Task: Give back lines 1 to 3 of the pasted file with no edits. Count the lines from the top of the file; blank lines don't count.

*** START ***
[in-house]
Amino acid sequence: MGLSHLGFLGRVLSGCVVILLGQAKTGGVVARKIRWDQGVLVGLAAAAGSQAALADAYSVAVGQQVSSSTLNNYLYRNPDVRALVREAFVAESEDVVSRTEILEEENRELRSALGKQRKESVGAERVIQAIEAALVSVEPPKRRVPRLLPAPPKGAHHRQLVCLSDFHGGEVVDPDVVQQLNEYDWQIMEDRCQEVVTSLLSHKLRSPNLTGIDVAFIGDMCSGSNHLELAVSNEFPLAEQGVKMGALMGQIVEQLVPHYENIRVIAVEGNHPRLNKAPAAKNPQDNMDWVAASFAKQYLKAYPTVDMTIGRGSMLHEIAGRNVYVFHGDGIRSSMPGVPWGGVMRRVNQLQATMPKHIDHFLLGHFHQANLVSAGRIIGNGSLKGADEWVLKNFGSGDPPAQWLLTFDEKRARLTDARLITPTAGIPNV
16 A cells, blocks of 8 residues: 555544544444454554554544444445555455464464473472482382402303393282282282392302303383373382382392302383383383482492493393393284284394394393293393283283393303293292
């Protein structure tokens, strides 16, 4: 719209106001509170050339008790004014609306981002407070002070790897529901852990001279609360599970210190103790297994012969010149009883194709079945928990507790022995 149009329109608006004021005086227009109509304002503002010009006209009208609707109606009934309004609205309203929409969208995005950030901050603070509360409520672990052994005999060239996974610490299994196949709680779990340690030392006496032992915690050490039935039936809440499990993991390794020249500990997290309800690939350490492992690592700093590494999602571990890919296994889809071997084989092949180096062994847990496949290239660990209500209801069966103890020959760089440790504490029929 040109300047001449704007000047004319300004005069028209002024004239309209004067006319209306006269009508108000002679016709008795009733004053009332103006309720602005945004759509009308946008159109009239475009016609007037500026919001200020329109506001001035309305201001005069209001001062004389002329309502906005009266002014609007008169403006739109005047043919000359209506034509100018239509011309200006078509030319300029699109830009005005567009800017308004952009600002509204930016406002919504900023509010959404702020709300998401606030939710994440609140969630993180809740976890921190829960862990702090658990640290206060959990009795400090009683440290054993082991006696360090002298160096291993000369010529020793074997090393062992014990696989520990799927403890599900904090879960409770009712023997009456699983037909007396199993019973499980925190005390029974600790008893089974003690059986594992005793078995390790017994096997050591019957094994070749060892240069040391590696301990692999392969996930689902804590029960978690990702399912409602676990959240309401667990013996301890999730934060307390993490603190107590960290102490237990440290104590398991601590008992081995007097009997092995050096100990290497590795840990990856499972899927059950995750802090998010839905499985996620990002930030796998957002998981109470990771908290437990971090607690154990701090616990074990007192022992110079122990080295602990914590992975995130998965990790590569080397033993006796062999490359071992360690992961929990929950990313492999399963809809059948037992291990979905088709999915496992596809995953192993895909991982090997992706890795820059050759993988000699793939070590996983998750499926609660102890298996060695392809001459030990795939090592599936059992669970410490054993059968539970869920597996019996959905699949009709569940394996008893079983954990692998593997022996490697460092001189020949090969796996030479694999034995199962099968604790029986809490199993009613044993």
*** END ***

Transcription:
[in-house]
Amino acid sequence: MGLSHLGFLGRVLSGCVVILLGQAKTGGVVARKIRWDQGVLVGLAAAAGSQAALADAYSVAVGQQVSSSTLNNYLYRNPDVRALVREAFVAESEDVVSRTEILEEENRELRSALGKQRKESVGAERVIQAIEAALVSVEPPKRRVPRLLPAPPKGAHHRQLVCLSDFHGGEVVDPDVVQQLNEYDWQIMEDRCQEVVTSLLSHKLRSPNLTGIDVAFIGDMCSGSNHLELAVSNEFPLAEQGVKMGALMGQIVEQLVPHYENIRVIAVEGNHPRLNKAPAAKNPQDNMDWVAASFAKQYLKAYPTVDMTIGRGSMLHEIAGRNVYVFHGDGIRSSMPGVPWGGVMRRVNQLQATMPKHIDHFLLGHFHQANLVSAGRIIGNGSLKGADEWVLKNFGSGDPPAQWLLTFDEKRARLTDARLITPTAGIPNV
16 A cells, blocks of 8 residues: 555544544444454554554544444445555455464464473472482382402303393282282282392302303383373382382392302383383383482492493393393284284394394393293393283283393303293292